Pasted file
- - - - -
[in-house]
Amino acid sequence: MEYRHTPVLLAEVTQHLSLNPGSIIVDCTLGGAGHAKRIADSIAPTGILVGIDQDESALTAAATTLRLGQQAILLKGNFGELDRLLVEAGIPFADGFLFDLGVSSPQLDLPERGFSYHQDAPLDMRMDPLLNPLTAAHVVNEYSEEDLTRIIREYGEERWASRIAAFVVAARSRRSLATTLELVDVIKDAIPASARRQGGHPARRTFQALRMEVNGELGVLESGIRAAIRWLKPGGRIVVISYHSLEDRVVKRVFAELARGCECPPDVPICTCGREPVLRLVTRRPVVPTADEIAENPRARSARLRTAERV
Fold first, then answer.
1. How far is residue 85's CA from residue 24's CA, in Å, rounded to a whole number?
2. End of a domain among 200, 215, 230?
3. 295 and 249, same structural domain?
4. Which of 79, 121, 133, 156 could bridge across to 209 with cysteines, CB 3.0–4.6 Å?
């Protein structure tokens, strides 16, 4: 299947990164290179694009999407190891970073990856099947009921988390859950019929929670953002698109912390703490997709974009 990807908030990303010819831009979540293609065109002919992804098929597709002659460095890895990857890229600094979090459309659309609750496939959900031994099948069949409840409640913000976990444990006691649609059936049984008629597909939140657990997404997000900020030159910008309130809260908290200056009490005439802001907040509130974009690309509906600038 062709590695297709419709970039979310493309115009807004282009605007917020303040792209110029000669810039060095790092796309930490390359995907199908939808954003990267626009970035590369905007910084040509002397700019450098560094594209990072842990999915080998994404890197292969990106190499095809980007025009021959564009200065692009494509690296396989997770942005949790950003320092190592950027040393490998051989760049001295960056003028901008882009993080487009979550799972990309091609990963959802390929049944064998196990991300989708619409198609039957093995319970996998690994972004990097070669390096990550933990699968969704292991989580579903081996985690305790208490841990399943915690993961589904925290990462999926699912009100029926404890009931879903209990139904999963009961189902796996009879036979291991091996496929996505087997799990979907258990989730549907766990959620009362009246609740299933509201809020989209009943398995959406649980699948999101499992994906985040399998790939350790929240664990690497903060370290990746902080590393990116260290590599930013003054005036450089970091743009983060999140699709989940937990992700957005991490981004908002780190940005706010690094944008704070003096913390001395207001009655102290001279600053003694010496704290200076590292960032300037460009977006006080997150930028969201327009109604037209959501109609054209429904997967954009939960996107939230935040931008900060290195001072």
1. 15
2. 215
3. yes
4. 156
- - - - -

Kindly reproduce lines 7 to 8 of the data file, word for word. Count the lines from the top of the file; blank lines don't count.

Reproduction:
4. Which of 79, 121, 133, 156 could bridge across to 209 with cysteines, CB 3.0–4.6 Å?
């Protein structure tokens, strides 16, 4: 299947990164290179694009999407190891970073990856099947009921988390859950019929929670953002698109912390703490997709974009 990807908030990303010819831009979540293609065109002919992804098929597709002659460095890895990857890229600094979090459309659309609750496939959900031994099948069949409840409640913000976990444990006691649609059936049984008629597909939140657990997404997000900020030159910008309130809260908290200056009490005439802001907040509130974009690309509906600038 062709590695297709419709970039979310493309115009807004282009605007917020303040792209110029000669810039060095790092796309930490390359995907199908939808954003990267626009970035590369905007910084040509002397700019450098560094594209990072842990999915080998994404890197292969990106190499095809980007025009021959564009200065692009494509690296396989997770942005949790950003320092190592950027040393490998051989760049001295960056003028901008882009993080487009979550799972990309091609990963959802390929049944064998196990991300989708619409198609039957093995319970996998690994972004990097070669390096990550933990699968969704292991989580579903081996985690305790208490841990399943915690993961589904925290990462999926699912009100029926404890009931879903209990139904999963009961189902796996009879036979291991091996496929996505087997799990979907258990989730549907766990959620009362009246609740299933509201809020989209009943398995959406649980699948999101499992994906985040399998790939350790929240664990690497903060370290990746902080590393990116260290590599930013003054005036450089970091743009983060999140699709989940937990992700957005991490981004908002780190940005706010690094944008704070003096913390001395207001009655102290001279600053003694010496704290200076590292960032300037460009977006006080997150930028969201327009109604037209959501109609054209429904997967954009939960996107939230935040931008900060290195001072």